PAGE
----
Saturday, January 24, 2009

Ban on US abortion funding lifted as Bush ideology is rolled back.

It's a political football which has been batted back and forth between the two parties since Ronald Reagan introduced it at a conference in Mexico City in 1984.

So now it is Obama's time to bat it back towards the other side.

President Barack Obama lifted the ban on US funding for international organisations that offer advice or perform abortions yesterday, as he expanded his project of rolling back George Bush's ideological agenda.

Obama quietly signed an executive order late yesterday afternoon repealing the ban, called the "global gag rule" by family planning organisations because it prohibited groups from even discussing abortion.

There was no media coverage of the signing, in contrast to the high-profile ceremonies this week when Obama issued his orders on ethics reform and Guantánamo Bay.

Instead, he adopted a non-confrontational approach to his repeal of the ban, waiting until after Thursday's anniversary of the Roe v Wade supreme court decision on abortion to avoid antagonising pro-life groups.

Both Clinton and Bush chose to bat this particular political football on the anniversary of the Roe versus Wade decision, but Obama has decided not to do so, opting for a much less confrontational approach. But the reaction has been as divided as usual:

Family planning organisations praised the decision to lift the ban. Diana Hovig, the chief executive of Marie Stopes International, said that the Bush era policies had been a disaster; under them, her organisation, as a provider of sexual healthcare services, had been denied funding. "This marks the beginning of a new era of realism over dogma in serving the public health needs of women. President Obama is off to a flying start."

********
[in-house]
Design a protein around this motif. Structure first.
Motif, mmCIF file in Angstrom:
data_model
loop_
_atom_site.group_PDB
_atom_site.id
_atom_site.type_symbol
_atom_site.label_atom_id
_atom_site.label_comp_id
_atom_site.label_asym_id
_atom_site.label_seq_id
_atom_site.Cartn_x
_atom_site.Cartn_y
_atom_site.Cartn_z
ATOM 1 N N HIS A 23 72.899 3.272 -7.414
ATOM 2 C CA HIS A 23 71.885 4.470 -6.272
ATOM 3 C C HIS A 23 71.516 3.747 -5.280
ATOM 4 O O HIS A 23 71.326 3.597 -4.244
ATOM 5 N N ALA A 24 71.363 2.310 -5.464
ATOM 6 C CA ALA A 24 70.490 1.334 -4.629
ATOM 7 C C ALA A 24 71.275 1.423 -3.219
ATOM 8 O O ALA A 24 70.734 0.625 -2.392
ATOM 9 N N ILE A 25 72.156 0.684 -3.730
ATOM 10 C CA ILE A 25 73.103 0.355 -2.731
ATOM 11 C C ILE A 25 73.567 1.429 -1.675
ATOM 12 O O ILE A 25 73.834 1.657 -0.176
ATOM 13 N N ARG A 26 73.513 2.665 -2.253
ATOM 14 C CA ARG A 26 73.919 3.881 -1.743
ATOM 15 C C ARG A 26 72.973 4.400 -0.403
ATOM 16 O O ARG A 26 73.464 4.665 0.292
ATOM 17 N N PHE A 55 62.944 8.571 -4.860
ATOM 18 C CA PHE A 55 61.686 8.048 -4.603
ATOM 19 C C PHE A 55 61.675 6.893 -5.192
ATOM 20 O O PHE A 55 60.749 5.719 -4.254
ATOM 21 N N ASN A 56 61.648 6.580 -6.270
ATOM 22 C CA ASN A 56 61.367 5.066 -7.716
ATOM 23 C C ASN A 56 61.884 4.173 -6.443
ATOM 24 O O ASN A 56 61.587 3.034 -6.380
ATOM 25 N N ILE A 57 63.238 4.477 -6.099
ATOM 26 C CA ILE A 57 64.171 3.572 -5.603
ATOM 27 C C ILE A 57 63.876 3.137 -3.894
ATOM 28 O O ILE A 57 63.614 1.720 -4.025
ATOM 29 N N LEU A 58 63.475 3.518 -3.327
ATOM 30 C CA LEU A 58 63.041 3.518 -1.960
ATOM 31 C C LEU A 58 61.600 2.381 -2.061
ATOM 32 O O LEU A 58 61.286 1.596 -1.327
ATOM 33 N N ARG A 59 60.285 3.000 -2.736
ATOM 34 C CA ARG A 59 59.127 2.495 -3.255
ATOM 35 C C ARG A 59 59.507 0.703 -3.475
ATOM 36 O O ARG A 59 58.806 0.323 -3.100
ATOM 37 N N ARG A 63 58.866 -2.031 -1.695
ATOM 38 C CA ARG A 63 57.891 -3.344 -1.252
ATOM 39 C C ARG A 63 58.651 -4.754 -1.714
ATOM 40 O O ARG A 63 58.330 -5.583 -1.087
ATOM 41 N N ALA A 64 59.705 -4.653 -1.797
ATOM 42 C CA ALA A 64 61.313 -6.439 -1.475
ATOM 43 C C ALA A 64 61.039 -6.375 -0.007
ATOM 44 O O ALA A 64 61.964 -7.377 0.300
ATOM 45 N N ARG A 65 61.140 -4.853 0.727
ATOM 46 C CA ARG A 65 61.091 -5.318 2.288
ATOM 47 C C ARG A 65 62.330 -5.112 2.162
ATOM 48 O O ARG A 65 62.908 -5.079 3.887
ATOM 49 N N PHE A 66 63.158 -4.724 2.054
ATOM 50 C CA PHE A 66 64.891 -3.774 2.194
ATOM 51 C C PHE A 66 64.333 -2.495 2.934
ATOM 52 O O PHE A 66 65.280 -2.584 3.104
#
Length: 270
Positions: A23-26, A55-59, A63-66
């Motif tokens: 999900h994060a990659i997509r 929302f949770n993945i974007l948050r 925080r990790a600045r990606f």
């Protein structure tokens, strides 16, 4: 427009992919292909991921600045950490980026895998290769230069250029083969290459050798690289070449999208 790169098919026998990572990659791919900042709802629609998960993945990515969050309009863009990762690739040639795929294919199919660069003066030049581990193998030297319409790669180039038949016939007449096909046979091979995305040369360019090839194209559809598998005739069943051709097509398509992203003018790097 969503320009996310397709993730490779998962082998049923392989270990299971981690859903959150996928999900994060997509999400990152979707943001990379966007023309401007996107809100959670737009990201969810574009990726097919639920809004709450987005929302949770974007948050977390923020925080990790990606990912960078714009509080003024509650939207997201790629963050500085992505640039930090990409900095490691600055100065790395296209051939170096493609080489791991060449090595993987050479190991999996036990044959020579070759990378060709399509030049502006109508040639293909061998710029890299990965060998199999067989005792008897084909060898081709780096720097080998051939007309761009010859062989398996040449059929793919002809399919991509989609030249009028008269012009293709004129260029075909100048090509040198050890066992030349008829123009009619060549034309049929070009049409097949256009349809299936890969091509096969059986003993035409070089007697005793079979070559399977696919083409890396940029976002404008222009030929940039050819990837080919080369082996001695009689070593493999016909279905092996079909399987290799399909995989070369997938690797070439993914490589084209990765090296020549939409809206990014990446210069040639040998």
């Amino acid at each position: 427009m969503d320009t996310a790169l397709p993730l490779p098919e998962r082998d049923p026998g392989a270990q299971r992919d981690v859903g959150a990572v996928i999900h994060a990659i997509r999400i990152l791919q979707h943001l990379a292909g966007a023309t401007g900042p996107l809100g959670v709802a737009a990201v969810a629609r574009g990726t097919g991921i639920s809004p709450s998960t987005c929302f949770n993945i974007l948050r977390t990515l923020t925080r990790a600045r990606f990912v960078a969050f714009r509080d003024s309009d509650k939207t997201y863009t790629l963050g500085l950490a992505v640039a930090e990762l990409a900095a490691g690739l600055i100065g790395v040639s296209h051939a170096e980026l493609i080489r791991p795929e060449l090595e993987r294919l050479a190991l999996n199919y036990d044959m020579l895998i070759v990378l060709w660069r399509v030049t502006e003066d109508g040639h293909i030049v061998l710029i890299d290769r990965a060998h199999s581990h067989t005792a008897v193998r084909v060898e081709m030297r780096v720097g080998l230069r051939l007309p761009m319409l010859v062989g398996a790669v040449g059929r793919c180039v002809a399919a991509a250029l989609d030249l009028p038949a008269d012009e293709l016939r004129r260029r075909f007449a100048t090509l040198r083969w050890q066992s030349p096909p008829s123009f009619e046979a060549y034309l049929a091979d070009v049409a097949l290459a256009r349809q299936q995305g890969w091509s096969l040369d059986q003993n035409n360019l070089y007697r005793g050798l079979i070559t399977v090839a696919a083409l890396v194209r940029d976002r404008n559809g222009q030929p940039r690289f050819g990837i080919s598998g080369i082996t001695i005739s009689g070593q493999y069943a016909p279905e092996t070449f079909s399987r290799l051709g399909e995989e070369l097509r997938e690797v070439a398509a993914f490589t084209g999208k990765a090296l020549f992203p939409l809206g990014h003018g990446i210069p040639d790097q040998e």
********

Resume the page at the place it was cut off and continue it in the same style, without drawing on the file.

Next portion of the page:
Christian and anti-abortion organisations were scathing.

"Yesterday, President Obama issued executive orders banning the torture of terrorists, but today signed an order that exports the torture of unborn children around the world," said Tony Perkins of the Family Research Council.

Obama is also expected to lift the restrictions on federal funding for stem cell research, a move which he hinted at in his inaugural address when he stated, "We will restore science to its rightful place", which was an obvious put down of Bush's insistence that the US must remain behind the rest of the world in researching this vital area.

He's doing the right things, whilst trying not to rub people's nose's in it. He's off to a great start.

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